Saturday, February 19, 2011

Is that you Quicksilver??

In talking with some friends last evening, one mentioned that he had been listening to NPR earlier that day and it struck him how similar all the announcers/hosts/news readers all sounded. What he was expressing in so many words was the signature sound for that particular venue – smooth, articulate spokespeople whose professional training dictates that their on-air voices are interesting (hopefully), but not too expressive of emotion. Fairly measured, hit the center of the bell-shaped tonal curve. Got it. This is how all FM radio announcers sounded to me when I grew up in the era of static-filled AM radio blaring out those wild, independent rock & roll stations. Their domain was the AM band, classic music and such claimed the FM band.

So I found myself on another business trip to Vermont this week, driving along and twirling the (FM) radio dial to sample what the state had to offer (I can only do this when I’m alone as the spouse hates this as much as when I flip through TV channels). I came across a calm, FM/NPR type voice coming from one Burlington stations but the gentleman was speaking a rock & roll dialect. Intriguing. Not just that, in this era of gooey American Idol/Top Pop pabulum, the guy was broadcasting album cuts from Savoy Brown, Jeff Beck Group, and Quicksilver Messenger Service. Couldn’t remember the last time I heard some of those. Turns out I was listening to WZXP FM, a unique station even by crunchy Burlington standards. WZXP is the labor of love of Russ Kinsley, an aging hippy type, but with a (close-to) NPR voice. Album play is their passion. I don’t know if they’re making money these days, but I was glad to catch a sampling of their output. I applaud independent stations. Check these guys out at WZXP.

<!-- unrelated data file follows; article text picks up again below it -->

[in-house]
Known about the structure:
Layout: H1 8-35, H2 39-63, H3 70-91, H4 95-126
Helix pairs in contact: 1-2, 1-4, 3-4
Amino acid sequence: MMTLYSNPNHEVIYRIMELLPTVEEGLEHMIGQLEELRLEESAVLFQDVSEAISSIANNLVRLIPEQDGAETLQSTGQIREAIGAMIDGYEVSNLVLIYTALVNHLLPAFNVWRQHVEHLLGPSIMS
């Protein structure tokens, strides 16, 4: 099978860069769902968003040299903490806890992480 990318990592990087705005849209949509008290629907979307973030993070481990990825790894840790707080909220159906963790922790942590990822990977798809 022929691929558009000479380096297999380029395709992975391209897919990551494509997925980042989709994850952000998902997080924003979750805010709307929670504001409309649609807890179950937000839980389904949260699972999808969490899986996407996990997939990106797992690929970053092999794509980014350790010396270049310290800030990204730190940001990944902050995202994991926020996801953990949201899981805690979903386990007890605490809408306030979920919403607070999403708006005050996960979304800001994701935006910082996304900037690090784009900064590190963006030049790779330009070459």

Dubbahdee said...

WDET (NPR) in Detroit played lots of amazing music in the 80's and 90's. You were as likely to hear Bulgarian Women's choirs, Coltrane, Lyle Lovett, Grateful Dead, Velvet Underground, or what have you. You really just never knew. And this was weekday daytime programming. They would even dedicate one day per year to all Hendrix all day. This does not do justice to the beauty and power of their eclectic programming. Til this day I hold it as an icon of how radio should be done.
Several of their DJs had roots came from early underground FM station WABX.
Sometime after I left in 1996, WDET changed over to all news and talk. In my estimation, a great loss to the city.
I consider most radio formatting today to be the sound of just so many embalmed corpses. No local flavor. No mindful mixing. Just demographically targeted playlists. Zombie radio. Too bad.

Michael said...

I've given up on station flipping (used to do it all the time) and started listening to podcasts. It does away with the commercials and bad reception!

But in my flipping days, the station you found would have been a great find for me!

Sponge-headed ScienceMan said...

Sometime in the not-too-far future I was planning to do a longer post on independent radio and especially the AM era. Still collecting thoughts at this point.